Get ready for your appointment

Once you have scheduled an appointment, you can fill out the patient forms at home, or you can come in 15-20 minutes before your appointment to fill out the paperwork in our office. The necessary forms for your visit include the new patient forms, medical records request, medical records consent, and patient medication verification.

If you are having a stress test, read more about stress test preparation below.

  • Complete the new patient forms
  • Bring your driver’s license and insurance information
  • Bring a list of all the medicines you are currently taking
  • Confirm we have your medical records on file

Stress test preparation

What to Expect
  • First, electrodes will be placed on your chest and a technologist will ultrasound images of your heart at rest
  • Next, a blood pressure cuff will be placed on your arm; you will step onto a treadmill and begin walking slowly
  • Every 2 to 3 minutes the speed and elevation of the treadmill will increase slightly and at each stage, your blood pressure will be taken
  • Once the exercise portion is complete, you will be asked to lie down as more images of your heart are taken; you will continue to be monitored for a short time
  • The test will take approximately 1 hour
How to Prepare
  • No caffeine 12 hours prior to the procedure—this includes soda, coffee, tea, chocolate, and even decaffeinated beverages
  • No tobacco or nicotine of any kind the day of your test
  • No solid food two hours prior to your scheduled test time (diabetic patients may have a light snack or follow physician recommendations)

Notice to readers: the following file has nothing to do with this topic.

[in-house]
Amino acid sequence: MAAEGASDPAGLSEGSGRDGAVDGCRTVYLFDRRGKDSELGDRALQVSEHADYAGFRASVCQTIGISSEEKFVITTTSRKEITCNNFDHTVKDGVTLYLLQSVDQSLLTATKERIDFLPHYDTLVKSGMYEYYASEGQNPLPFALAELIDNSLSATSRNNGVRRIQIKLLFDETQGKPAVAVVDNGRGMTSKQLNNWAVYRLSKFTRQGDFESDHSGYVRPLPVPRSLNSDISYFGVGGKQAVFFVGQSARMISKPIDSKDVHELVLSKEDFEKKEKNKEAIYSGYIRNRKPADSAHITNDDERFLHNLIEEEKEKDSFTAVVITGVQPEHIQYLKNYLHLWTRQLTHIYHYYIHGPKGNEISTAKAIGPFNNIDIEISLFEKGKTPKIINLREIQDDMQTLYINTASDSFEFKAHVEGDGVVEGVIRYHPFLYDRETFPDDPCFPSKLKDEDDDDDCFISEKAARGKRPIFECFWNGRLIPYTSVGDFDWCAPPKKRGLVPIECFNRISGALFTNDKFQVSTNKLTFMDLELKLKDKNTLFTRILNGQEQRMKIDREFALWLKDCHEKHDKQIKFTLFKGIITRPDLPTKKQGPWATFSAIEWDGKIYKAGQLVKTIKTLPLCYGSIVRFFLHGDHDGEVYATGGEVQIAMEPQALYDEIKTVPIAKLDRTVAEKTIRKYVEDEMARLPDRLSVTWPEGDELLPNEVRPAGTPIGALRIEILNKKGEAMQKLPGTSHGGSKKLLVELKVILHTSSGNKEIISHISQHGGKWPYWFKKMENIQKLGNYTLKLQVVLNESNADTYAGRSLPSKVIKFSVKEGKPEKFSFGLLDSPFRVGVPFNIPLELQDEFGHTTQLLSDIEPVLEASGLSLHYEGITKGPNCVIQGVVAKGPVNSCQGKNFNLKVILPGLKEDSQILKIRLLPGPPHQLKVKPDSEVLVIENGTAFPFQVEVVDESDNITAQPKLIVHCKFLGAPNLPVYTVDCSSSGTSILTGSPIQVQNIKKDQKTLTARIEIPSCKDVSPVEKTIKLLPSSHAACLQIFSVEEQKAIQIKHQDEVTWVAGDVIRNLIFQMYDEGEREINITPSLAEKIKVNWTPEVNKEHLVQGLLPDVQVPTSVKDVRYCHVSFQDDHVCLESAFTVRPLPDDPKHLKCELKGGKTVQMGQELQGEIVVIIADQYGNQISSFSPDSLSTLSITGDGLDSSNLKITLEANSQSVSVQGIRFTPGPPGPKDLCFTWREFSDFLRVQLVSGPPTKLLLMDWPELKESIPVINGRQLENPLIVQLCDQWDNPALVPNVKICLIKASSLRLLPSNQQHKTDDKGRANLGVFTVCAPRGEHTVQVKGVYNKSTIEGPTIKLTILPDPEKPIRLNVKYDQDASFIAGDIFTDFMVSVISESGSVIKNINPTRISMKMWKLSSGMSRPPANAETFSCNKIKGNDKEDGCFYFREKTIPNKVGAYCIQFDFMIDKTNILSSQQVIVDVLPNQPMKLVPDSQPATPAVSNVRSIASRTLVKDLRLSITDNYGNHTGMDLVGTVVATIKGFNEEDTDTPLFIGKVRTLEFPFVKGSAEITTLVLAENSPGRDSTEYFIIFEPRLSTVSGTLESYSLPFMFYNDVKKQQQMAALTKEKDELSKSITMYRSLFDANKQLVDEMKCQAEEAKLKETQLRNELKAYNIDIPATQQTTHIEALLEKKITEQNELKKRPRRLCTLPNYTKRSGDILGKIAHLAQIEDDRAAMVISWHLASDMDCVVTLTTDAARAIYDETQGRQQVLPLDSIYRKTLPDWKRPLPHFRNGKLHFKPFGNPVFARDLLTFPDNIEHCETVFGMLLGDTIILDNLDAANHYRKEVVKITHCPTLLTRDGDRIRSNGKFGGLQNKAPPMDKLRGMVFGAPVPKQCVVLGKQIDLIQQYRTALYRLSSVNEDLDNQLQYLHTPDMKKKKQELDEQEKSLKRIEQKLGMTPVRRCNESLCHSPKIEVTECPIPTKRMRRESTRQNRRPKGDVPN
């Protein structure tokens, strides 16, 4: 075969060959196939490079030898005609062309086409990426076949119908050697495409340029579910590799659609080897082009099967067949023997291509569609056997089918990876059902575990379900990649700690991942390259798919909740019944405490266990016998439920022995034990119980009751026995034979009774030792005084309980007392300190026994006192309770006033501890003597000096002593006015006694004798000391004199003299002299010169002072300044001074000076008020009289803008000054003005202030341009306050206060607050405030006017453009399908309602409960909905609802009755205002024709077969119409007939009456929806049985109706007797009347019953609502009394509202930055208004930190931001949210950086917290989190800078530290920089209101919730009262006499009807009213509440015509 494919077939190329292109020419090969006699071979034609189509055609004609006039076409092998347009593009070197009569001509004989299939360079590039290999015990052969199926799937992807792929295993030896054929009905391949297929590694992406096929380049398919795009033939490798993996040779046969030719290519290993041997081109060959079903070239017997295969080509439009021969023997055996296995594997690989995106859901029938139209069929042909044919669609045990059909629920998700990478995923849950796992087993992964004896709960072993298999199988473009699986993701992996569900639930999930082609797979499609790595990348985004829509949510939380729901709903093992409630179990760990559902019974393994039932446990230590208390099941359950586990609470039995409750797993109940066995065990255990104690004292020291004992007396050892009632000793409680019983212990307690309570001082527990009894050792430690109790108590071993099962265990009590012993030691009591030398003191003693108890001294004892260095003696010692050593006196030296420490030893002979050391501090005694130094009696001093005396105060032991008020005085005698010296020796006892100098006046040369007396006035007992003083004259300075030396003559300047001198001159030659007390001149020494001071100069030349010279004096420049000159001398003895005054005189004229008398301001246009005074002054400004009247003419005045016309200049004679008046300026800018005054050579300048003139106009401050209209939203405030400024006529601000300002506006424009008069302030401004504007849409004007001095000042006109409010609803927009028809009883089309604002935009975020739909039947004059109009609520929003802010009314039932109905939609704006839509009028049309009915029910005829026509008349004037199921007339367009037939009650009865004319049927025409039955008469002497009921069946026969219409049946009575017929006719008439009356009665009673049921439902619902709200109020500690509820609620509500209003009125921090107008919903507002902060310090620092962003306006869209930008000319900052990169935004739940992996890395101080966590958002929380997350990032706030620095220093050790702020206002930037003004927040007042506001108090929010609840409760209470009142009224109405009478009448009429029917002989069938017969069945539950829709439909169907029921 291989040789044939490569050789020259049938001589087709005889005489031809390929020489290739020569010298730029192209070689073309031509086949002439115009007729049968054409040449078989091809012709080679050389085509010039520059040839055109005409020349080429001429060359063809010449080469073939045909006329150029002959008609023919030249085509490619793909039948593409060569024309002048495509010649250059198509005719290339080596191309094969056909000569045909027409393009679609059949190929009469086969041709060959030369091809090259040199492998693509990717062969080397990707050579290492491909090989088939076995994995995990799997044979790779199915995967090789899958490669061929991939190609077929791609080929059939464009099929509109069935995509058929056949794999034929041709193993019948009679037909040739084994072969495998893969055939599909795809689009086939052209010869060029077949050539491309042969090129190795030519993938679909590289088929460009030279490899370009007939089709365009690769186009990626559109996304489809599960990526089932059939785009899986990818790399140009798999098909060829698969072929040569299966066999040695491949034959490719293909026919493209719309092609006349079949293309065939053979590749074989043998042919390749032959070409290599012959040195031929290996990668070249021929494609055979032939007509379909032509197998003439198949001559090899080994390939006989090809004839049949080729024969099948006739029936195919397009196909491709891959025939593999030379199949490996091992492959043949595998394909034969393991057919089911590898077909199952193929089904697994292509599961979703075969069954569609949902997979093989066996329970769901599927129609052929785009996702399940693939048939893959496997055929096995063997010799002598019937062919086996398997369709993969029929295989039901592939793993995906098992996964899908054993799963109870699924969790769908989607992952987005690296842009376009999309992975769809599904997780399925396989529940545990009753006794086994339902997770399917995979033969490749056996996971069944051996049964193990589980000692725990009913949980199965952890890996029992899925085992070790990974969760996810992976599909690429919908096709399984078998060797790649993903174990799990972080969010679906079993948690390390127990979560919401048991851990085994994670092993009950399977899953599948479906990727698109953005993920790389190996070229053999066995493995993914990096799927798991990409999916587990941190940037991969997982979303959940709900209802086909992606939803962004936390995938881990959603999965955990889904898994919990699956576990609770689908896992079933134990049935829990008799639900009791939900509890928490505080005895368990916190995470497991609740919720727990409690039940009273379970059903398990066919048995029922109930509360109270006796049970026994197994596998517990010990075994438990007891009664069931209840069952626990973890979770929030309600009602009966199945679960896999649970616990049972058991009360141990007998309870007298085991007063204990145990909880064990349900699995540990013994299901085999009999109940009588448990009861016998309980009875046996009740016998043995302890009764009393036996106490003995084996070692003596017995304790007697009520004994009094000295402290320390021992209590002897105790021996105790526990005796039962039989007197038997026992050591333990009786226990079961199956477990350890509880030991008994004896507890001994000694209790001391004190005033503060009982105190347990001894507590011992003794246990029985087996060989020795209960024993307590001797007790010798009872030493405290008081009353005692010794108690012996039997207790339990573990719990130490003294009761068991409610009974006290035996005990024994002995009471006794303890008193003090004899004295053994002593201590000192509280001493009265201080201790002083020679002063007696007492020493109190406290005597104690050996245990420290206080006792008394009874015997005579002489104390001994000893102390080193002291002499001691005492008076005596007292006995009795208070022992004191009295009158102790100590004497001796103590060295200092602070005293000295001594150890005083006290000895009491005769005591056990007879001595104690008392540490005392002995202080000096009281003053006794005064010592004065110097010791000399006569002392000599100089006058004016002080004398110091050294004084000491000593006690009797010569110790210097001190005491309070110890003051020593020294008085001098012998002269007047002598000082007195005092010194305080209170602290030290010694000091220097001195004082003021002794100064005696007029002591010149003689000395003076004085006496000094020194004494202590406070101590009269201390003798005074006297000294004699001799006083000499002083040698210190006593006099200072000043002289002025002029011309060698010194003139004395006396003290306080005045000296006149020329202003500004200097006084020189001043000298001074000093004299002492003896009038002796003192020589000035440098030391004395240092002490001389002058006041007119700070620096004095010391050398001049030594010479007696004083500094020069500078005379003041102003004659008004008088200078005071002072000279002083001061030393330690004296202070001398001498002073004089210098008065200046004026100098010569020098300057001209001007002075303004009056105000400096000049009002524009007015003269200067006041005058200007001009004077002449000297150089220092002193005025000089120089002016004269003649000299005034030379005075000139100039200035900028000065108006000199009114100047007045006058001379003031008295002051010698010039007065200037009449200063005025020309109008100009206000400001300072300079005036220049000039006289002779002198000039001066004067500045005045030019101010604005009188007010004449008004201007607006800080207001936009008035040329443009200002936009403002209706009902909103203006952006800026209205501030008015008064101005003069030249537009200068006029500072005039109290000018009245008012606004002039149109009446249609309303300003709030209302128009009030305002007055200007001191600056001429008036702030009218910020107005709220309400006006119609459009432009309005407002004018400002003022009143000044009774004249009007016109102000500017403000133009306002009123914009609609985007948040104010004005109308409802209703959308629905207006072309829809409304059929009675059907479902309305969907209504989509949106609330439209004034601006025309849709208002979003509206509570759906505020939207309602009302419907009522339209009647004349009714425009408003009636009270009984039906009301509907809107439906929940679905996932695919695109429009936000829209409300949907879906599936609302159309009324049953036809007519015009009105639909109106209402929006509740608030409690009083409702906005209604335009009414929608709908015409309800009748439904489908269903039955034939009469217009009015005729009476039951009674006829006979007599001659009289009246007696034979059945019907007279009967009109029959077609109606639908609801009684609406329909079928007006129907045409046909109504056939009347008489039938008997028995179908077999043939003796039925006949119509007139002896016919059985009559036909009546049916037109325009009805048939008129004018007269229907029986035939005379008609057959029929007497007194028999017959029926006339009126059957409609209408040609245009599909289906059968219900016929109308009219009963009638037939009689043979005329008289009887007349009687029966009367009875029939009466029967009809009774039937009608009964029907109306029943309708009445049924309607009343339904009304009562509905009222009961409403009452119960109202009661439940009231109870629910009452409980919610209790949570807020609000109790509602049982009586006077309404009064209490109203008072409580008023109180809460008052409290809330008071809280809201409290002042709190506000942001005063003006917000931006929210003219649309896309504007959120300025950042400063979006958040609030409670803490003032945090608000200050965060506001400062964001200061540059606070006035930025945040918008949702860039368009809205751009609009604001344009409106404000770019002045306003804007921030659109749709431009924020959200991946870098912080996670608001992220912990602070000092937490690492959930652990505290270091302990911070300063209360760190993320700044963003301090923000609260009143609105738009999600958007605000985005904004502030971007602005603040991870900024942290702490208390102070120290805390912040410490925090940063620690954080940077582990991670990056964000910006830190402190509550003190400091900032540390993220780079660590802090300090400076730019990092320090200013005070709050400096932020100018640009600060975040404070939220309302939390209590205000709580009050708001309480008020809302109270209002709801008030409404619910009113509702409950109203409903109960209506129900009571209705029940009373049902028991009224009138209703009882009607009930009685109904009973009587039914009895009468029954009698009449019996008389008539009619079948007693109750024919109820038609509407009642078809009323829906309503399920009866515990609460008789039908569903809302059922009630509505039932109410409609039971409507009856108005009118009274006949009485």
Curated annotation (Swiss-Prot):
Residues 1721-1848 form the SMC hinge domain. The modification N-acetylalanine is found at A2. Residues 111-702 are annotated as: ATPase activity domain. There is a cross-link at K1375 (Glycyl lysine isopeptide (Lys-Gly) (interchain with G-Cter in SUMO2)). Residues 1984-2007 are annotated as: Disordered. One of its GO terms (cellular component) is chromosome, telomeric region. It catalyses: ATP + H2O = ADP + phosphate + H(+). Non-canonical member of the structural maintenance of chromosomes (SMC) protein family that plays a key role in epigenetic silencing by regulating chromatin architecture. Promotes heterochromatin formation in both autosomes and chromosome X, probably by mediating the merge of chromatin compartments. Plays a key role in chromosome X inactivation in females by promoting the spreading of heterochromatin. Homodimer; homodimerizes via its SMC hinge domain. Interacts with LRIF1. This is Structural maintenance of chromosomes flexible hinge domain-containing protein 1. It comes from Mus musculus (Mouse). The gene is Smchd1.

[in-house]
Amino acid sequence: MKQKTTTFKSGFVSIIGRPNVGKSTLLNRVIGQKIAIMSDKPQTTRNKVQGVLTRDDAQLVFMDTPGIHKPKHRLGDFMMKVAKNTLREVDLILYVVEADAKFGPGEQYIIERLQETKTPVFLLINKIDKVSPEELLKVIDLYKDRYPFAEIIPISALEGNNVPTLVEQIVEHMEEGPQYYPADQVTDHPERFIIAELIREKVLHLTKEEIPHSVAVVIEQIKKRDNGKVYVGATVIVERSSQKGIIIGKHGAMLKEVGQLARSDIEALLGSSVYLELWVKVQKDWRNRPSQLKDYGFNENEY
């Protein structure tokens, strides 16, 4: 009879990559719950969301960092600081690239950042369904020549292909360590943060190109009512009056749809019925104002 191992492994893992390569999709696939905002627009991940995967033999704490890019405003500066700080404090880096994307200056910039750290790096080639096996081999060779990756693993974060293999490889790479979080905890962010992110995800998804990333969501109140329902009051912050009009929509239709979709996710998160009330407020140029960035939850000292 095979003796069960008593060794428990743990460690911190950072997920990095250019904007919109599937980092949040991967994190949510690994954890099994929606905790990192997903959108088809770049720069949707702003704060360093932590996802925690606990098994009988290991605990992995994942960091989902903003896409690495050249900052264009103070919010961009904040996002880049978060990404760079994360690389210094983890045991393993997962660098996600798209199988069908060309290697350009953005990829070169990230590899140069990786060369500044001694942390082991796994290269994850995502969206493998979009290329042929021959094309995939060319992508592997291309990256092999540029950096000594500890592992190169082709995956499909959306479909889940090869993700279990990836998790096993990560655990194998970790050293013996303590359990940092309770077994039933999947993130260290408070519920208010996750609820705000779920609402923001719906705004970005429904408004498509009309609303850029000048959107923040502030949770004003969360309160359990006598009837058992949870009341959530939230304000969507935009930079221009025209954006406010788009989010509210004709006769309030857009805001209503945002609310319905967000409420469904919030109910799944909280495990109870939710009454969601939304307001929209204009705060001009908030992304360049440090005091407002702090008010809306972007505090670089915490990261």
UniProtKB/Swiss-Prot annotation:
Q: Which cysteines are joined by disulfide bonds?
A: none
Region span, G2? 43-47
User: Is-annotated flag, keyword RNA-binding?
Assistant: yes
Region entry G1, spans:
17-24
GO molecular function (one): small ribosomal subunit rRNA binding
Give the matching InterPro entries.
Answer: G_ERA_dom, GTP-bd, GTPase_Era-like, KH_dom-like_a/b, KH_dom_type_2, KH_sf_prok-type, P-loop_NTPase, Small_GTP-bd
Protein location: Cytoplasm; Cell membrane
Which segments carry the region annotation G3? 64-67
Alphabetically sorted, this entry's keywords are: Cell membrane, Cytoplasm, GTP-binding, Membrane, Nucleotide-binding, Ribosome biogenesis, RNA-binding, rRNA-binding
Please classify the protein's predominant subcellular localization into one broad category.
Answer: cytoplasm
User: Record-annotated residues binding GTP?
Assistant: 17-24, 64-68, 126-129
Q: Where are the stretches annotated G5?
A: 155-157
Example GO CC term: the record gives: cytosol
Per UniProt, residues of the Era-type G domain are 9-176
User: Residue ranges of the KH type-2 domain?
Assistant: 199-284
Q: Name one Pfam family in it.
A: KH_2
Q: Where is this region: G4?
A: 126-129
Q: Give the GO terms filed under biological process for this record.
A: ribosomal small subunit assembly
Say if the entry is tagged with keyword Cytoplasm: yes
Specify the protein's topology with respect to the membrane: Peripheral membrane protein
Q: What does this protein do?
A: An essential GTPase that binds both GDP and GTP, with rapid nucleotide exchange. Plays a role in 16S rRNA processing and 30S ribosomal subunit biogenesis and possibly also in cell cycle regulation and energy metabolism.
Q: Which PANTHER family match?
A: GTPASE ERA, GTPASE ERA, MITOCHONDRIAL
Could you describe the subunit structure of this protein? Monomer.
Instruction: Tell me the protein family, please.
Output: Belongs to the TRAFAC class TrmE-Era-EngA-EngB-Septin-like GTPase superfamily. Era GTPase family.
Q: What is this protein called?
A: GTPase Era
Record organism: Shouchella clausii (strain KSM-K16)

• Wear loose fitting pants, a button down shirt, and sneakers or walking shoes
  • Take your medications as regularly scheduled, unless your physician has instructed you otherwise
  • Bring a list of your current medications
  • If you have a history of asthma, bring your inhalers with you
  • Always check with your ordering physician if he/she has any special instructions to be adhered to (such as withholding a medication the day of your test i.e. beta blockers)
What to Expect
  • First, you’ll receive a small amount of radioactive tracer through an IV
  • While the medicine circulates, you will be asked to sit in the waiting room until your first set of pictures is taken
  • For the stress portion of the study, you will be asked to jog on a treadmill while your heart rate and rhythm are monitored with an EKG machine
  • After your stress test, you will be asked to wait once again in the waiting room until a second set of pictures is taken
  • Your entire test will take approximately 3-4 hours
How to Prepare
  • No tobacco or nicotine of any kind 24 hours prior to the procedure
  • No caffeine 24 hours prior to the procedure—this includes soda, coffee, tea, chocolate, and even decaffeinated beverages
  • Do not eat or drink for 6 hours prior to the test
  • Bring a light snack as you will be instructed to eat during your appointment
  • Please shower or bathe the day of the test and do not apply lotion or powder to your chest
  • Wear loose fitting pants, a button down shirt, and sneakers or walking shoes. No metal underwire bras
  • Take all of your regular medications unless otherwise instructed
  • Do not take the medication Theophylline for 24 hours prior
  • Do not take Viagra, Levitra, Cialis or similar medicines 24 hours prior
  • If you are diabetic, please follow these instructions:
  • For morning appointments: Do not take your diabetic medications or insulin the morning of the test but please bring your medications
  • For afternoon appointments: You may eat a light breakfast and take your medications 4 hours prior to your appointment, but do not eat lunch and please bring your medications with you
What to Expect
  • First, you’ll receive a small amount of radioactive tracer through an IV
  • While the medicine circulates, you will be asked to sit in the waiting room until your first set of pictures is taken
  • For the stress portion of the study, you will receive a medication through the IV that will increase blood flow to your heart—as though you were exercising—while your heart rate and rhythm are monitored with an EKG machine
  • After your stress test, you will be asked to wait once again in the waiting room until a second set of pictures is taken